We're working on FBP in Common Lisp. You've heard that one before.
Step one was getting a basic system running. In fact, we've got two we're dealing with concurrently|1|. Both are kind of rickety because I'm still trying to work out what the essential parts of the approach are. One deals with OS threads and the other is built on top of cl-async. I'm liking the second one better for now, but am once again reserving judgment until I see how easily they explode.
Anyhow, that's price of admission, rather than the finish line. Our ultimate goal is to prove out visual programming in the large, without making anyone throw up about it. I have no idea how that's going to end up, except that I've definitely got a couple of interesting years coming up. In order to get to that ultimate goal, step two is finding or building an Acceptable™© Visual Editor.
And we can't find one, so "build" it is.
What we want, being that we're Lispers and polyglots to the last, can best be described as "Emacs for Diagrams". And that doesn't seem to exist. There's a number of general-purpose vector editors out there at various levels of readiness, but those are more like "MS Word for Diagrams". There's a "Sublime for Diagrams" floating around in the form of yEd, and one piece of fallout from the Russian space program is basically "Notepad++ for Diagrams". Microsofts' own flowcharting suite is something like "Eclipse: The Extra Shit Version for Diagrams. Also You Can't See Our Source Code, Which Is Probably For The Best Because It's Mostly Garbage You'd Laugh Out Of Your Company In Any Other Context". Finally, if we want to use Emacs for diagrams, the only thing even remotely workable seems to be
artist-mode. It's nice, I guess. Certainly better than prostate cancer. But that's not quite what we're looking for.
The thing we are looking for needs to be
- A visual editor. This needs to be a tool to let humans construct diagrams and related diagrammatic artifacts for a variety of media.
- A diagram editor. We're not looking for a general purpose editor. In particular, there are very, very few things we'll be rotating, nothing we'll be coloring|2|, and we only need one font at a fairy small variety of font sizes and weights. We'll also never be dealing with embedded bitmaps, gradients, brush-strokes, or shapes more complex than rounded rectangles/ellipses. You'd be surprised how much junk that lets you cut out.
- Fast. It shouldn't take longer to draw a diagram with this thing than it would take to describe it. This means a keyboard-oriented interface with easily re-bindable keys, reasonable performance, reasonable start-up, and no half-baked expert system getting in your way by trying to guess what you're trying to do.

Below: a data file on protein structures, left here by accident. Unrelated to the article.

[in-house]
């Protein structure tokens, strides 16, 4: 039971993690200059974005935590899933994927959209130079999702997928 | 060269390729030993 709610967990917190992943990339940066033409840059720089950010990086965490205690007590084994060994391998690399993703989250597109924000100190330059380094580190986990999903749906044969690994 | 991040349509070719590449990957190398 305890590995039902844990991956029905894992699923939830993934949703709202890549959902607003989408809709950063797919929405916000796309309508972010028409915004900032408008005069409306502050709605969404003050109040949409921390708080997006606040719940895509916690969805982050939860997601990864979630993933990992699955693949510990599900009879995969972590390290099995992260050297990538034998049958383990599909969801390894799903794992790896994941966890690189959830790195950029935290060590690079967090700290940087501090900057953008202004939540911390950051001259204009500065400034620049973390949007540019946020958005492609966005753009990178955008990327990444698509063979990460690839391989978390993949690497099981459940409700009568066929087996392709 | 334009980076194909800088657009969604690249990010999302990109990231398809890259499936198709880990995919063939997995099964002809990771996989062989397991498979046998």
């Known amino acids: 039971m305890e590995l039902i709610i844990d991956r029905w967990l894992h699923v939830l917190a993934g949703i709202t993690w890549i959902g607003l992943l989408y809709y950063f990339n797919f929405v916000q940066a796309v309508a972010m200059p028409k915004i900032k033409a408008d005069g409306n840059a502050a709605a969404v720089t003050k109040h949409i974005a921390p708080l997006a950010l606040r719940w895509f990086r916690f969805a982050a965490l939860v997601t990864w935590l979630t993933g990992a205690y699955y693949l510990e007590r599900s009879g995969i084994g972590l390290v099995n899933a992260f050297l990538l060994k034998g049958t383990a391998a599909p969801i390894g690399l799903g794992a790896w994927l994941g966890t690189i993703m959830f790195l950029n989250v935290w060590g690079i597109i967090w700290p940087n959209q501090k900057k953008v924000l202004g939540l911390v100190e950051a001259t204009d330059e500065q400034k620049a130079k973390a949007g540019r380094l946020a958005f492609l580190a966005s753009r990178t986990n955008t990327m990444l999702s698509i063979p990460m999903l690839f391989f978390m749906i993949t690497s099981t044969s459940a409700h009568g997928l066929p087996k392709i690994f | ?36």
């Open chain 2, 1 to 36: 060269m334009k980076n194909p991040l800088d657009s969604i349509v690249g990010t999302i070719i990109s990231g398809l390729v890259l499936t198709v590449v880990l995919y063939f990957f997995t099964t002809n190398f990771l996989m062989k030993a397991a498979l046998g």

- Scriptable. It should be possible to simply and easily construct sequences of operations to be summoned later. It should be easy to run automated queries and transformations on the programs' output and potentially edit the result in a visual manner. It should be fairly simple to select a particular subset of elements and manipulate them in some way.
- Flexible. We have no idea what the visual formalism we're finally going to adopt will look like. It might require fine placement of wires and connectors, it might involve different kinds of connections, and it will certainly involve multiple different connections between two nodes|3|. It also can't make any kind of semantic assumptions about what the content we're editing means, because that might change as we go through the discovery process of what kinds of processes and situations we want to formalize. This also means some sort of proper macro system, an end-user specifiable final/intermediate representation, and source code that we'll be able to tear apart if we need to.
The various editors I list above are split firmly into two camps. First, there are editors aimed at non-programmer humans for general vector construction. They're fairly flexible, but because they're for mouse-pushers, they don't provide a good intermediate representation for our purposes, don't particularly care about ease-of-use or keyboard-centricity, and don't make it particularly easy to script parts of your workflow. In the second camp, there are specialized flow editors aimed at programmers or technical managers, which do provide a good deal of flexibility on the keyboard binding front, and provide appropriate output, but also make all kinds of assumptions about what you're doing, why, and how you should want to go about it.
If you know of something awesome that I missed, let me know, but for the moment we're rolling our own. I've been working on it for about half a week solid now, and it's taking shape pretty quickly. I showed off the pre-alpha to some folks at the Erlang conference last week, and got reactions that didn't look like outright disgust. Once it takes some usable shape, I'm planning on posting some videos for you, and possibly showing it off a bit to the FBP group.
I was also going to talk a little bit about fact bases, and the inherent strength of simple models, but I think I'll leave that for another day. When I get permission to Free this editor, I'll have quite a bit more to say about that in any case.
1 - |back| - Har har, aren't I droll.
2 - |back| - Except for UI purposes, obviously. The various selection/manipulation layers are going to have distinct visual cues that rely on color, but I don't count these as part of the diagram proper, even though they may be visually associated.
3 - |back| - Which incidentally kills any use we might get out of svg-edit's or Inkscape's
connection tools. Each of them assume a single connection between two shapes, anchored at each center-point. No idea if said connection can be directional or not, but we've already established that it won't do, so I'm not looking into it.